At this summer school, appropriately called PreSUSY 2011, we were additionally shown the amount of data that the Large Hadron Collider is expected to collect before the end of this year and at the end of 2012. This is where the game changer appeared. Back in June 2011, CERN announced that it had collected 1 fb-1 (1 inverse femtobarn) worth of data – the equivalent of 70,000 billion proton-proton collisions – a whole six months ahead of schedule. Yes, the Large Hadron Collider generated a year’s worth of data in half a year’s time. What is more impressive is that the ATLAS and CMS experiments may each end up collecting upwards of 5 fb-1 before the end of this year, a benchmark number a large number of people said would be a “highly optimistic goal” for 2012. I cannot emphasize how crazy & surreal it is to be seriously discussing the possibility of having 10 fb-1, or even 15 fb-1, by the end of 2012.

Figure 1: Up-to-date record of the total number of protons collisions delivered to each of the Large Hadron Collider Detector Experiments. (Image: CERN)

What this means is that by the end of this year, not next year, we will definitely know whether or not the higgs boson, as predicted by the Standard Model, exists. It also means that by next year, experimentalists will be able to rule out the most basic versions of Supersymmetry which were already ruled out by previous, high-precision measurements of previously known (electroweak) physics. Were we to find Supersymmetry at the LHC now and not when the LHC is at designed specifications, which are expected to be reached in 2014, then many physicists would be at a loss trying to rectify why one set of measurements rule out SUSY but another set of measurements support its existence.

What we can expect this week, aside from the usual higgs boson and SUSY exclusion plots, are a set of updated predictions as to where we expect to be this time next year. Now that the LHC has given us more data than we had anticipated we can truly explore the unknown, so trust me when I say that the death of SUSY has been greatly exaggerated.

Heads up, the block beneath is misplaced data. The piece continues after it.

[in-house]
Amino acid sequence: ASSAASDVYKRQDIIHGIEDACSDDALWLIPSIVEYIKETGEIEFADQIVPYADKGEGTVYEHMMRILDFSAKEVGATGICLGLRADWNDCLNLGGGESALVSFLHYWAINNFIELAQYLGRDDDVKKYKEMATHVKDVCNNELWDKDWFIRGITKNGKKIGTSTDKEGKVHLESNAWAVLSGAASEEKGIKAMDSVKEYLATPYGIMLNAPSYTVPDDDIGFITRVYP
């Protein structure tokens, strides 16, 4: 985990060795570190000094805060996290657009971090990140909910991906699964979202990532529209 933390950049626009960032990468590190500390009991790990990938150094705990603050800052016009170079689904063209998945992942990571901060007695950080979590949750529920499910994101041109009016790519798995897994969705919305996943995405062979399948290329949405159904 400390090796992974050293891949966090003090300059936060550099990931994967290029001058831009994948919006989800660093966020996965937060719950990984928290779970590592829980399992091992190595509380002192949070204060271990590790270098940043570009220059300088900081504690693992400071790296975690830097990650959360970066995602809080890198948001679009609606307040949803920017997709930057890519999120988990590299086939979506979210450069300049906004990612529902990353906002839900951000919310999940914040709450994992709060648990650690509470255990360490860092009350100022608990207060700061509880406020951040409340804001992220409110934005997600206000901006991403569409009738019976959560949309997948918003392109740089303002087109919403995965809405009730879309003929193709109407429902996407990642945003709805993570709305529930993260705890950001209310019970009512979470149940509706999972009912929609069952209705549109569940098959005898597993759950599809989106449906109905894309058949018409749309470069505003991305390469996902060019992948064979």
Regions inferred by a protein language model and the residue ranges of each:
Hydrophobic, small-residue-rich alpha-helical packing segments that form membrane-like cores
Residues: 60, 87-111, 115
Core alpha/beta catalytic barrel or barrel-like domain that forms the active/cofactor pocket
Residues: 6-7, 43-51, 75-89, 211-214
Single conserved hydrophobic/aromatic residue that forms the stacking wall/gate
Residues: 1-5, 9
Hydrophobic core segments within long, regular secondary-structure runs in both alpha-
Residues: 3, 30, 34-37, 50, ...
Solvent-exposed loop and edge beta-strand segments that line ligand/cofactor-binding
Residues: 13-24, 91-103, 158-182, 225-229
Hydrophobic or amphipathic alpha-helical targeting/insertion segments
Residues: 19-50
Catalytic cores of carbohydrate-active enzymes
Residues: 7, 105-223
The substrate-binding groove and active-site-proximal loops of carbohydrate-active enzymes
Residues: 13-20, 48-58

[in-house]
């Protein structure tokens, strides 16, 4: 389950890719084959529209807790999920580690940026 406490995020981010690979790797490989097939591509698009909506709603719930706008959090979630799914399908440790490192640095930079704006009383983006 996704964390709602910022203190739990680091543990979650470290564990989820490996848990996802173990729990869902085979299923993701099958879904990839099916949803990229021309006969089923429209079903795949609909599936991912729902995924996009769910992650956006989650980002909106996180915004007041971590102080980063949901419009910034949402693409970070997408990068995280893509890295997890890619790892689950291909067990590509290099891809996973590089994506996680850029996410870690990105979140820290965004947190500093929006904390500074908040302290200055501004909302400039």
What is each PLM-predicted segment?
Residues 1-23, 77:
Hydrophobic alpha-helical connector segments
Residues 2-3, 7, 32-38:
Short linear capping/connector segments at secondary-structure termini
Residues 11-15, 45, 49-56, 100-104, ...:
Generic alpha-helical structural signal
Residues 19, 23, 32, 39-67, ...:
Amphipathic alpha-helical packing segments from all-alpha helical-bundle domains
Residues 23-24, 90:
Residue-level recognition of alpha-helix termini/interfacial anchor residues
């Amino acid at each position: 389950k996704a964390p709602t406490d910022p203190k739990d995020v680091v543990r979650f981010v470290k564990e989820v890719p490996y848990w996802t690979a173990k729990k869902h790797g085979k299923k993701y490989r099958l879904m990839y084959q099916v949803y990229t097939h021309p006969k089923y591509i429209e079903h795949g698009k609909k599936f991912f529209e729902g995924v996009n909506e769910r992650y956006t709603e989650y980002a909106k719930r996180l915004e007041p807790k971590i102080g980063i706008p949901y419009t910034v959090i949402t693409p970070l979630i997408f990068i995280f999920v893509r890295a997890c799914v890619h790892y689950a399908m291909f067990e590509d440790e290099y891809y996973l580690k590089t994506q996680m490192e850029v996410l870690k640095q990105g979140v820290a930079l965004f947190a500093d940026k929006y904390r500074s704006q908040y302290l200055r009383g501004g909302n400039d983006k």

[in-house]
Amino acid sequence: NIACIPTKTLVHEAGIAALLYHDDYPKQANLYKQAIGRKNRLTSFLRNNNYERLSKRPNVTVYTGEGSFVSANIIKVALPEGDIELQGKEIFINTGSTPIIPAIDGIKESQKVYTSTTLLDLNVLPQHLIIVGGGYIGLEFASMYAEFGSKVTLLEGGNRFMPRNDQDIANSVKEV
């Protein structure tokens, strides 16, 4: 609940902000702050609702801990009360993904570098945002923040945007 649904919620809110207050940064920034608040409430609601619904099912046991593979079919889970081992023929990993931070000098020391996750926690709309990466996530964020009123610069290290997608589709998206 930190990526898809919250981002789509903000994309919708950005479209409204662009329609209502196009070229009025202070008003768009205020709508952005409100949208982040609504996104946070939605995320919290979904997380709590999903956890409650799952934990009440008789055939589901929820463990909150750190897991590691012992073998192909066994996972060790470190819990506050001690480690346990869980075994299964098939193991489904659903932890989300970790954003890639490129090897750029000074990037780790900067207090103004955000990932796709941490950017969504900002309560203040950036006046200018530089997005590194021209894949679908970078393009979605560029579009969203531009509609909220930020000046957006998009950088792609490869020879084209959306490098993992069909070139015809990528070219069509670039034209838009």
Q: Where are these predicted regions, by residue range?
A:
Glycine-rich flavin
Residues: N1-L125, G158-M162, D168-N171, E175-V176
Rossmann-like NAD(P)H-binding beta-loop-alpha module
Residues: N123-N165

More on Higgs Boson Exclusion (Added 01 Sept 2011)

This morning a new BBC article came out on the possibility of the higgs being found by Christmas. So why not add some plots, shown at August’s Lepton-Photon 2011 Conference, that show this? These plots were taken from Vivek Sharma’s Higgs Searches at CMS talk.

If there is no Standard Model higgs boson, then the Compact Muon Solenoid Detector, one of the two general purpose LHC detectors, should be able to exclude the boson, singlehandedly, with a 95% Confidence Level. ATLAS, the second of the two general purpose detectors, is similarly capable of such an exclusion.

Figure A: The CMS Collaboration projected sensitivity to excluding the higgs boson with 5 fb-1 at √s = 7 TeV; the black line gives combined (total) sensitivity.

Things get less clear if there is a higgs boson because physical & statistical fluctuations adds to our uncertainty. If CMS does collect 5 fb-1 before the winter shutdown, then it is capable of claiming at least a 3σ (three-sigma) discovery for a higgs boson with a mass anywhere between mH≈ 120 GeV/c2 and mH ≈ 550 GeV/c2 . For a number of (statistical/systematic) reasons, the range might shrink or expand with 5 fb-1 worth of data but only by a few GeV/c2. In statistics, “σ” (sigma) is the Greek letter that represents a standard deviation; a “3σ result” implies that there is only a 0.3% chance of being a fluke. The threshold for discovery is set at 5σ, or a 0.000 06% of being a random fluke.